Extreme Hindu nationalists smother dissent in India

The Indian poet Varavara Rao was arrested in 2018 and is still being detained. His treatment is symptomatic of how the right-wing government is waging war on opposition and minority voices.

“This life in jail is life crippled – 
You can no longer 
Apprehend your world
Here your mind is an injured eye
That flutters shut” 

This is how Varavara Rao, an octogenarian poet, writer and radical activist from the state of Telangana in southeast India, described his experience of imprisonment during the second half of the 1980s, in the essay collection Captive Imagination. Rao was locked up on conspiracy charges connected to his political activism – they were eventually entirely dropped – and kept in solitary confinement from 1985 to 1989. But his lament might as well have been written about the nightmare of carceral persecution he has endured at the hands of Narendra Modi’s Hindu nationalist regime over the past two years. 

Rao was arrested on 28 August 2018 alongside four other activists as part of a nationwide police sweep. The Bhima Koregaon case, as it has come to be known, refers to the police investigation into violence that erupted in the western Indian state of Maharashtra in early January 2018. Dalit groups had gathered to commemorate the bicentennial of the defeat of the upper-caste ruler Peshwa Bajirao II by the armed forces of the British East India Company – a force that also counted a substantial number of Mahars, a Dalit community, in its ranks. They were attacked by a Hindu nationalist mob. 

But rather than scrutinising the involvement of Hindu nationalist leaders in the attack, the police investigation targeted prominent activists such as Rao, who were arrested on charges of instigating the violence and planning a terrorist attack on Modi. And the crackdown did not stop there. Sixteen arrests have been made in connection with the case since 2018. Most recently, a Dalit scholar and activist, Anand Teltumbde, was arrested in April this year. Five months later, Father Stan Swamy, a Jesuit priest who has dedicated his life to fighting for the rights of Adivasi groups in the state of Jharkhand in eastern India, was also arrested. The gravity of the charges mean the accused have been refused bail and remain in police custody.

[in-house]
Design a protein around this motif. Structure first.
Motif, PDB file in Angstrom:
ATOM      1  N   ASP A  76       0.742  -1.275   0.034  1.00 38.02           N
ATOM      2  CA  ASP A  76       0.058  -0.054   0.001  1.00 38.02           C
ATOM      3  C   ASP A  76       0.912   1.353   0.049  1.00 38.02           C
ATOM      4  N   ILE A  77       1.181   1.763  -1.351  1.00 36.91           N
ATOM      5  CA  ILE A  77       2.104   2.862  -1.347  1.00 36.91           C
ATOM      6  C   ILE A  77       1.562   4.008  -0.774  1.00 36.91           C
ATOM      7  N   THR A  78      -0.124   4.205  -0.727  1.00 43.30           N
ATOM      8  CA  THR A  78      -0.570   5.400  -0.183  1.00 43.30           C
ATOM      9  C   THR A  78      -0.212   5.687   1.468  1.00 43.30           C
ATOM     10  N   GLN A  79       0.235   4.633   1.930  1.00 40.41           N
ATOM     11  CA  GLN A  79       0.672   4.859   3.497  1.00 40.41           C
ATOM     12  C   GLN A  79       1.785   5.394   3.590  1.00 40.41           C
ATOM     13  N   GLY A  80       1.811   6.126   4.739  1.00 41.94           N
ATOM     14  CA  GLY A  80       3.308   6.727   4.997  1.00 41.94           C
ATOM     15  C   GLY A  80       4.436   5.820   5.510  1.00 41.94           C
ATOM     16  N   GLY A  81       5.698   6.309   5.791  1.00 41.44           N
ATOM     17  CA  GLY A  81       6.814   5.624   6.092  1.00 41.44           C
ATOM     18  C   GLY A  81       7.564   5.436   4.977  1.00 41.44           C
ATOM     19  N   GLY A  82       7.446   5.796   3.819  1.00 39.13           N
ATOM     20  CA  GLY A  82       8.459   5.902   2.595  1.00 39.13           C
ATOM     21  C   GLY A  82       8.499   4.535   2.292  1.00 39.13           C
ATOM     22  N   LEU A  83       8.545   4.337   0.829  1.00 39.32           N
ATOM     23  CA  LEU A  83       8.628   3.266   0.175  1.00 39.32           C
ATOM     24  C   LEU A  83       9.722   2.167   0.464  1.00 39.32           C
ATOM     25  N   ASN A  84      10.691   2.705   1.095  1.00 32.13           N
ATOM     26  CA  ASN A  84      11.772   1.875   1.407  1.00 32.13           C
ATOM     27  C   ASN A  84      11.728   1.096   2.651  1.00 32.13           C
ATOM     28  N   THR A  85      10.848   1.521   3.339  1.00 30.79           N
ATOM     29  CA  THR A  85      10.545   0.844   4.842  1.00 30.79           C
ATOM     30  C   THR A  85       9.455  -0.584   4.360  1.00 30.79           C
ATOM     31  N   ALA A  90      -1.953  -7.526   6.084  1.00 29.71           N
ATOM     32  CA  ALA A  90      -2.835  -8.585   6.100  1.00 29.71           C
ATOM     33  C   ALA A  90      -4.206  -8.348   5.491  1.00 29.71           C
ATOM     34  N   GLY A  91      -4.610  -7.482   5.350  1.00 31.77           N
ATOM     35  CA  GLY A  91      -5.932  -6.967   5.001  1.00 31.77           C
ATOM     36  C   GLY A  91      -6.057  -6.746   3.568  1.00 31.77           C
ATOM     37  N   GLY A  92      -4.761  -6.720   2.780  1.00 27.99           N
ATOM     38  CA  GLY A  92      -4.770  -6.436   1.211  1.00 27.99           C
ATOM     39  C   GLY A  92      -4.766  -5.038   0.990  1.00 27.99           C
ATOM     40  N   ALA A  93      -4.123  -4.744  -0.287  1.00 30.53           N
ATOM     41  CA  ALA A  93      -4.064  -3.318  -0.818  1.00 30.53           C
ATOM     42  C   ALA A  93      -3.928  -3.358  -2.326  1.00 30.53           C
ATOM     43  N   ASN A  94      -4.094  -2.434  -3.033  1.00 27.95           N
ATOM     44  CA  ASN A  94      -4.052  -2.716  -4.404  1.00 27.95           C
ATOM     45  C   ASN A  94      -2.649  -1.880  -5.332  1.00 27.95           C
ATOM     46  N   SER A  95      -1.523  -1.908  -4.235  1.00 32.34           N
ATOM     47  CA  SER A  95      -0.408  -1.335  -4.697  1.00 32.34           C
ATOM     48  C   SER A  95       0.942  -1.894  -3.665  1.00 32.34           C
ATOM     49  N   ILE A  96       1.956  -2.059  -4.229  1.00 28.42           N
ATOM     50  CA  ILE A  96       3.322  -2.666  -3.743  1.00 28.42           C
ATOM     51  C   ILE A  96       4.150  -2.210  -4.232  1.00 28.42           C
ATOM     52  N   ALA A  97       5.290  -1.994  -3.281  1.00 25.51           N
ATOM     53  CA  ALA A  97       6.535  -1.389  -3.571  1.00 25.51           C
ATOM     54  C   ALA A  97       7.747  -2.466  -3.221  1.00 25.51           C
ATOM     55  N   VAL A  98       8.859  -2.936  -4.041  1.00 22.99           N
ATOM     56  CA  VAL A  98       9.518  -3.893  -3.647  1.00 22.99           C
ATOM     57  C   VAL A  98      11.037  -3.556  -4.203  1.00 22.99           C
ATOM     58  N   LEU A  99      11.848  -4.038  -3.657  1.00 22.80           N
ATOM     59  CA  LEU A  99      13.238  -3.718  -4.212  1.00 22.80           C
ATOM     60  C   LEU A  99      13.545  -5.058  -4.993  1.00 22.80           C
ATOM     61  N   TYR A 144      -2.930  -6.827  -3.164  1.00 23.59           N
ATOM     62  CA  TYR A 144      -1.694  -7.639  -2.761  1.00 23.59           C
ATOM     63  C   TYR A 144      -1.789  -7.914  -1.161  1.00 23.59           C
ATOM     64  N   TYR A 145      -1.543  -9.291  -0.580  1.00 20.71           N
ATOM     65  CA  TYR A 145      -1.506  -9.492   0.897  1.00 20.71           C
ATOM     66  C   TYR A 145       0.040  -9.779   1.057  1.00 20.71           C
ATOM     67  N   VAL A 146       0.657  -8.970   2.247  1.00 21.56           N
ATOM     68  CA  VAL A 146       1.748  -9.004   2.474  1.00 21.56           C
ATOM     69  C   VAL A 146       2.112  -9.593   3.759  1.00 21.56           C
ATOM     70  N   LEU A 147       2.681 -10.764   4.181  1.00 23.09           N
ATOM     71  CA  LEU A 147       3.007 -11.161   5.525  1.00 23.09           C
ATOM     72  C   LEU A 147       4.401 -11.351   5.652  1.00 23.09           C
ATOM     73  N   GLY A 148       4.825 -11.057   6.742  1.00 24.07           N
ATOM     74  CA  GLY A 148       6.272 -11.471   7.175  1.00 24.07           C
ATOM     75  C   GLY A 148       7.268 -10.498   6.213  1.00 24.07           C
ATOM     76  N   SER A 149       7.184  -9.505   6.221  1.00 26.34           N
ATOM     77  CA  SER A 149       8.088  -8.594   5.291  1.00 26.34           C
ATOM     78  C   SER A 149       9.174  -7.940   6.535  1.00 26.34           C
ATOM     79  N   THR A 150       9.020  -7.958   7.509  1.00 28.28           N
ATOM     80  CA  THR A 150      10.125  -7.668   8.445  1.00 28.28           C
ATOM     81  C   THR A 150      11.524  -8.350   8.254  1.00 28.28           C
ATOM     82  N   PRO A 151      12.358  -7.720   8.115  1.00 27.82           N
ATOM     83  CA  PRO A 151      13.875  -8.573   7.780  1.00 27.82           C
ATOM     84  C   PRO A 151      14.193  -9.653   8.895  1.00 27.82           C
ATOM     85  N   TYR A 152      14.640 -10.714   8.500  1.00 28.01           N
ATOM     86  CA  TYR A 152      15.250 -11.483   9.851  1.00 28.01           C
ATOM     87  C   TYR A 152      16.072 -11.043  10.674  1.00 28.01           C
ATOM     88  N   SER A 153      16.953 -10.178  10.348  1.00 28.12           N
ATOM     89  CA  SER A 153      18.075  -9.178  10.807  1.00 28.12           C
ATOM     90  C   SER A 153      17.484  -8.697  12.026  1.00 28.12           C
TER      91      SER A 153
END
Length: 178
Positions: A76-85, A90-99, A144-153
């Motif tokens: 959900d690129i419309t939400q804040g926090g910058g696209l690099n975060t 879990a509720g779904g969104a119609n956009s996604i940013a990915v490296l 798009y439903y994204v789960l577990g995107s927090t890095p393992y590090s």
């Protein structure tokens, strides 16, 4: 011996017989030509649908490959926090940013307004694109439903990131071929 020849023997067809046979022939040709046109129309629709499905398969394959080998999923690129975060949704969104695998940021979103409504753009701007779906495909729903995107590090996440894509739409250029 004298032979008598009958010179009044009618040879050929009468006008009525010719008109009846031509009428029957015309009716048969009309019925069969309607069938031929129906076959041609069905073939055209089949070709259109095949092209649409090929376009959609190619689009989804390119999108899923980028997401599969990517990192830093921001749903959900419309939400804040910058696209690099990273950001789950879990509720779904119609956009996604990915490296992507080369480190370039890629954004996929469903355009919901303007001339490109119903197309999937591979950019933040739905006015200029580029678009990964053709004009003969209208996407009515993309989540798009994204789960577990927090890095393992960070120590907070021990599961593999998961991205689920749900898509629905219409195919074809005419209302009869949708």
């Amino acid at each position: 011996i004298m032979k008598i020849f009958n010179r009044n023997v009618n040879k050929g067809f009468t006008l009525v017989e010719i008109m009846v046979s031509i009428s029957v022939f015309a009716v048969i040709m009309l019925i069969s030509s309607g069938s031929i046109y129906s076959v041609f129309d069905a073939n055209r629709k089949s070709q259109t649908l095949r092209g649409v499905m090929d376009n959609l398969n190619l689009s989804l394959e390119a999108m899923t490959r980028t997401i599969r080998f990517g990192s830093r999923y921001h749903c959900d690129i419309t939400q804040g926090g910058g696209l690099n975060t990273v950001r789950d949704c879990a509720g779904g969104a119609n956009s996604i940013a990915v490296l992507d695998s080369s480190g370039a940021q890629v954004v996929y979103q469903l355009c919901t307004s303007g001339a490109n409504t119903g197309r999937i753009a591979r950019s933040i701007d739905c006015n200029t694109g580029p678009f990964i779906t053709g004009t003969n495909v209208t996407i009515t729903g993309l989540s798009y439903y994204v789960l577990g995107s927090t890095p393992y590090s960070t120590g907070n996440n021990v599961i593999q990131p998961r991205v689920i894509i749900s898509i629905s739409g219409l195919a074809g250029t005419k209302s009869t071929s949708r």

Rao’s imprisonment has been particularly arduous. As Covid-19 began to spread through Indian prisons, Rao’s family reported that his health was declining and prison authorities had failed to give adequate medical attention to the 80-year-old inmate. In late May, he was hospitalised in prison, then transferred to a state hospital after he fell unconscious. He was returned to jail two days later. His application for bail on health grounds was rejected in late June. 

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Rao’s medical condition continued to decline, and when he was once again hospitalised in the middle of July, he tested positive for Covid-19. His diagnosis, however, did not result in judicial respite. Instead, he was sent back to prison in late August. By the middle of November, Rao’s lawyer, Indira Jaising, reported that he had been left to languish in a prison hospital: “He is completely bedridden and has no medical attendant. He is in nappies and has a catheter. The catheter was not changed for three months, as there was no one to change it.” Rao was shifted to a private hospital, but his bail application was once again rejected. 

War on dissent

The imprisonment of Rao and the other accused in the Bhima Koregaon case is symptomatic of the governing Bharatiya Janata Party (BJP) and its war on dissent in India since Modi was elected in 2014. 

The first shots were fired in early 2015, when student activists at Jawaharlal Nehru University (JNU) in Delhi were arrested on trumped-up charges of sedition. Although the students were ultimately cleared of all charges and released, the arrests helped spawn the idea that India harbours “anti-national” forces that are undermining the country from within. This has been used to justify a range of coercive attacks on dissidents – including activists, public intellectuals, academics, students, lawyers and journalists – who dare to question a government that claims to be acting in the interests of the Indian people. 

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Legal harassment and public vilification were the chief modus operandi of the state in the early stages of its war on dissent. News channels, for example, that reported critically on the Modi regime found themselves on the receiving end of police raids and investigations. The arrests of Rao and others in 2018 made it evident that the BJP government had scaled up its attack on opponents. After mass protests against anti-Muslim citizenship laws erupted in late 2019, it further escalated its repressive measures. Then the country was hit by the Covid-19 pandemic, and the BJP government imposed one of the most stringent national lockdowns in the world from 24 March this year. Indeed, the lockdown facilitated the war on dissent in Modi’s India in crucial ways.